By Greg McGee


Greg McGee is Art Advisor for international poetry magazine Dream Catcher

After halcyon formative years in Australia and New Zealand, I returned in late 1981 with my family to the more urban pleasures of Middlesbrough, a post industrial town in North East England. The culture shock was not without its trials. In my yearning for hot colours and crackling scents, some half remembered, some imagined, I became, like many young people in the mid-80s, an avid consumer of Americana. The exotic otherness of urban culture, underground music and life affirming pop rock anthems, imported film and addictive TV slowly inculcated a transatlantic yearning for the American Dream.  

This is not to say the UK was a cultural no-man's land. The late seventies and early eighties had their own colours and stories. Counter Culture, Early Skinheads, Ska, and Two-Tone provided fertile ground for the imagination, but it was Americana and its long trek across the Atlantic that often blazed brightest. It was amplified, exaggerated, mythical.

As visual art became my litmus test of a culture's fecundity, I saw how the visual language of a place becomes fetishised and slightly distorted. That aching for the American lifestyle continues in contemporary culture, and it is no better made manifest than in the hyperreal art of UK painter Imogen Hawgood. Imogen's art explores the icons of Americana and the idea of ‘the road’ as a transitional and symbolic landscape. After spending time in LA, sketching, photographing, immersing, she is now lasering in on the American Dream, with its mythic allure of the West. Her recent work has included American landscapes and roadside imagery, and experimentation with light leaks and colour effects.  The resulting collection is instantly cinematic. Composition and lighting engenders a filmic, iconic style, reminiscent of a modern Hopper. Her experimentation with photography leads to painterly exposure flaring around the edges of her canvases, and random objects found by the roadside inspire a visual acuity akin to some of the great Photorealists of our time. The propulsive night culture of LA, Sunset Strip, Las Vegas, and the dusty unwinding of the American highway, are sumptuously depicted in her 'Cinerama Dome', 'The Broadway Hollywood', 'Las Vegas Double Exposure', and 'Freeway Underpass' with an exactitude that has enamoured her to international collectors.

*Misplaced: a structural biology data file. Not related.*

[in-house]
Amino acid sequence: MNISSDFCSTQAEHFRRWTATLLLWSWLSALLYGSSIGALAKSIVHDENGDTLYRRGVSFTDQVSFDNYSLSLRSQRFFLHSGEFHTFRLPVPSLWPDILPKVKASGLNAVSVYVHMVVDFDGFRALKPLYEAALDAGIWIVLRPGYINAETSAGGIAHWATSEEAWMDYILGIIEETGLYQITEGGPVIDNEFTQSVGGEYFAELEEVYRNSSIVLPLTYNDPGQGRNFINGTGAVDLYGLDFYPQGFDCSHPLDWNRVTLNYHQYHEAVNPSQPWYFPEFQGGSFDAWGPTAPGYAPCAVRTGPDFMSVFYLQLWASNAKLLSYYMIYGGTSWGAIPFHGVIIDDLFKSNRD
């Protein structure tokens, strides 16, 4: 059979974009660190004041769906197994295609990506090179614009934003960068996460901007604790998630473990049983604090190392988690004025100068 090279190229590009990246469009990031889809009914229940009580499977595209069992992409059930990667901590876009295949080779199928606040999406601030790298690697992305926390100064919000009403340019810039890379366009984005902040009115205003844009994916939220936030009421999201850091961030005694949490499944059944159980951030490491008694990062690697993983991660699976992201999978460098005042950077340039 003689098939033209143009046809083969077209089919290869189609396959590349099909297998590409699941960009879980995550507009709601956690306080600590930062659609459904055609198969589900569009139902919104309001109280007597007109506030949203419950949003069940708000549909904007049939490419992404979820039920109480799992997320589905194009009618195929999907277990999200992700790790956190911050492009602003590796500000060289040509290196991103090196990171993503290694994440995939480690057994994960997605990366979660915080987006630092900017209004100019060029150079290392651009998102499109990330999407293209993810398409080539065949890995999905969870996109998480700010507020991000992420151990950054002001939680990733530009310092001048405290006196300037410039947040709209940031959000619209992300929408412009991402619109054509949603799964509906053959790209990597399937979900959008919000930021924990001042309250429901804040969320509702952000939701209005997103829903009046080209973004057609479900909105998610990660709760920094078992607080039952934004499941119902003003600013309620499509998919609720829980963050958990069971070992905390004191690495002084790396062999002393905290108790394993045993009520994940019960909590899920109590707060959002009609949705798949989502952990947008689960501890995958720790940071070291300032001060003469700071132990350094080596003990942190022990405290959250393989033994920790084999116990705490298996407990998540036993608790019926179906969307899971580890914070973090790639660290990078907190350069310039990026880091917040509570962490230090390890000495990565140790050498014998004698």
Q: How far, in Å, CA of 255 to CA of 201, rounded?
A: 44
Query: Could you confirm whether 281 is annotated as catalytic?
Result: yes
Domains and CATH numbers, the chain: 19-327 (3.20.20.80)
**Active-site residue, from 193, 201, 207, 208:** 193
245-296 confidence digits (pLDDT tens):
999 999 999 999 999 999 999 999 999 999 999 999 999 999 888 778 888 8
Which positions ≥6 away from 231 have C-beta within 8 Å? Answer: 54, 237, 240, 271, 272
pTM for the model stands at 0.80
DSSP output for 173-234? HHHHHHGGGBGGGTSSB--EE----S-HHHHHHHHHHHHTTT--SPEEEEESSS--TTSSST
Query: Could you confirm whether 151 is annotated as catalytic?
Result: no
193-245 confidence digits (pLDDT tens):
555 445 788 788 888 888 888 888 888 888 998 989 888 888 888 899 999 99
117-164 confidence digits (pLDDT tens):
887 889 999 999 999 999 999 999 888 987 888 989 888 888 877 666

Imogen Hawgood's art in Dream Catcher magazine

She says, “The freedom of the American open road has been a powerful image for generations on both sides of the Atlantic, representing for some self-discovery, for others a path to redemption. Through the use of my own photography, as well as found footage, the images I create juxtapose an air of nostalgia with contemporary viewpoints. I often use the interior of a car as a frame through which to view a passing landscape and try to capture a sense of movement through my composition and use of colour and lighting.”

Imogen has exhibited at the New Light exhibition at Scarborough Art Gallery and at the Holt Festival in Norfolk. In 2020 she was shortlisted for the ING Discerning Eye, John Hurt and Sworders art prizes, and in 2021 she was ‘highly commended’ in the watercolour category at the Broadway Arts Festival competition. Most recently, Imogen has exhibited artwork at the Vestige Concept Gallery in Pittsburgh, Pennsylvania, According to McGee gallery in York, and Society of Women Artists Annual Exhibition, Mall Galleries London.


Greg McGee

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